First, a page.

While that single sentence is sure to bore my Thanksgiving guests into a pre-turkey coma, I, personally, find my research exciting and inspiring. Knowing full well that the journey taken to form a startup is long and difficult, my business partners and I, founders of this business, had to be sure we loved what we did. We must continue loving it, even as we drag it kicking and screaming through the red tape of
university and state legality. For us as founders, it was a no-brainer. We honestly feel obligated to take our technology to the market in order to better our community – be it locally or worldwide – and the environment.
RULE #2: If you really believe in it, MAKE it happen
I will never forget the time I met an entrepreneur who struggled with challenges similar to those I am currently facing. He shook my hand and asked me, “So you want to start a chemical company?” Naturally I answered “yes”. He replied, “You must be insane.” If he had not been as successful as he is in his current company, I would have believed him. However, I have come to understand his point fully. Without the appropriate amount of insanity, there would be no motivation to pursue something as daunting as starting a chemical company and no passion to ride it out to the end (even if it never picks up speed or leaves the ground).
One of the hardest things to deal with is the possibility that your invention not only lacks the breeze to lift your company off the ground, but does not have the wings to get it going. I think it is universally accepted that it is better to know this sooner rather than later (this probably applies to life in general). The quickest way to determine feasibility is to research the market and answer questions like: What are customers buying now? What are they paying for it? Why should they buy from you? It is best to know whether your technology is feasible or not before you spend too much money only to see it fail in three months.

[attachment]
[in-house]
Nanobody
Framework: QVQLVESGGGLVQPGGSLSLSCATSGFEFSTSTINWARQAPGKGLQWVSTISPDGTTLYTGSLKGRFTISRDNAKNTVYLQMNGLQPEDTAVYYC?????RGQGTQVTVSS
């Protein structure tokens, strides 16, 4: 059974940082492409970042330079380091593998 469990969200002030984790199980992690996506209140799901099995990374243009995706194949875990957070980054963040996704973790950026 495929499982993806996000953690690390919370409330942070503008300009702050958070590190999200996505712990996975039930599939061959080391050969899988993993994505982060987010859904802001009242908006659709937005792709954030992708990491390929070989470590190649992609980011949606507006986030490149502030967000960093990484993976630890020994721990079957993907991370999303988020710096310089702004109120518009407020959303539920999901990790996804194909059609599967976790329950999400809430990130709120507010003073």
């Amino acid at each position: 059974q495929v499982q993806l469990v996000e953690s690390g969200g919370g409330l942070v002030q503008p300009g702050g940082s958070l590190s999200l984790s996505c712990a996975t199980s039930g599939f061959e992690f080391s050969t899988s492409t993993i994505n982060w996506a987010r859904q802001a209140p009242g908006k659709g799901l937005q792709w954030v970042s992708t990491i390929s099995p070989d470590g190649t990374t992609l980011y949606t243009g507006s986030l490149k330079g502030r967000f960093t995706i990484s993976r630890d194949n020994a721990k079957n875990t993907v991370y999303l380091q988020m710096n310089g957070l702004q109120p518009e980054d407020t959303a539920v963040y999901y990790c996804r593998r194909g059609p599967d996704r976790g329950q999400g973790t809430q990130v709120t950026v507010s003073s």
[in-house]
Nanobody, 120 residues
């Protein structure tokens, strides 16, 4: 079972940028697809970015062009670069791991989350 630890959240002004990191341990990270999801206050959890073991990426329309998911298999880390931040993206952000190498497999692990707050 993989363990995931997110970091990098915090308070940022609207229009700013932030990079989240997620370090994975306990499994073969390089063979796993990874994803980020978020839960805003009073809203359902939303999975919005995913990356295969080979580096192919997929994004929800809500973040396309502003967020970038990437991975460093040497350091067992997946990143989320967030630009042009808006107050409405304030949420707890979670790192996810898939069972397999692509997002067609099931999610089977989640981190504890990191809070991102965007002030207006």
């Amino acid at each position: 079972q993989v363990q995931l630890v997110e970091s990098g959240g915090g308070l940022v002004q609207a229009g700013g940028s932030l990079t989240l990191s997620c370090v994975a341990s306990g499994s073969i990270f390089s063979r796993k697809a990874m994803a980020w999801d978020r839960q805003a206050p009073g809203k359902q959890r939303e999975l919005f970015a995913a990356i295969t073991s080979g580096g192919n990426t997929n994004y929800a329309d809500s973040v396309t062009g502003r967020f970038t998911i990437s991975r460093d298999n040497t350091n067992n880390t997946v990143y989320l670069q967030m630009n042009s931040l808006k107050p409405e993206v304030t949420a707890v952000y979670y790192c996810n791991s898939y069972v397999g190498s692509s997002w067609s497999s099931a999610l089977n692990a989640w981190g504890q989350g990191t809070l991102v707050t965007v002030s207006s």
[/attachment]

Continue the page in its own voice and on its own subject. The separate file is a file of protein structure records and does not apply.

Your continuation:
Regardless of the answers you get to these questions, the key is acceptance -- acceptance that your technology is or is not commercially feasible. I cannot imagine anything worse for an up-and-coming entrepreneur than the denial she/he has regarding her/his own technology. If you truly believe that the technology works and can be successful in the marketplace, then never falter and never doubt that. If it is never going to leave the hangar, let it go. There is no harm in accepting the truth. Either way, there comes a certain sense of reality; if successful, you have a lot of work to do, or if not, there is some grieving and healing to be done. But, if you know it is going to work, grab hold of it and take it to the sky.
To be continued...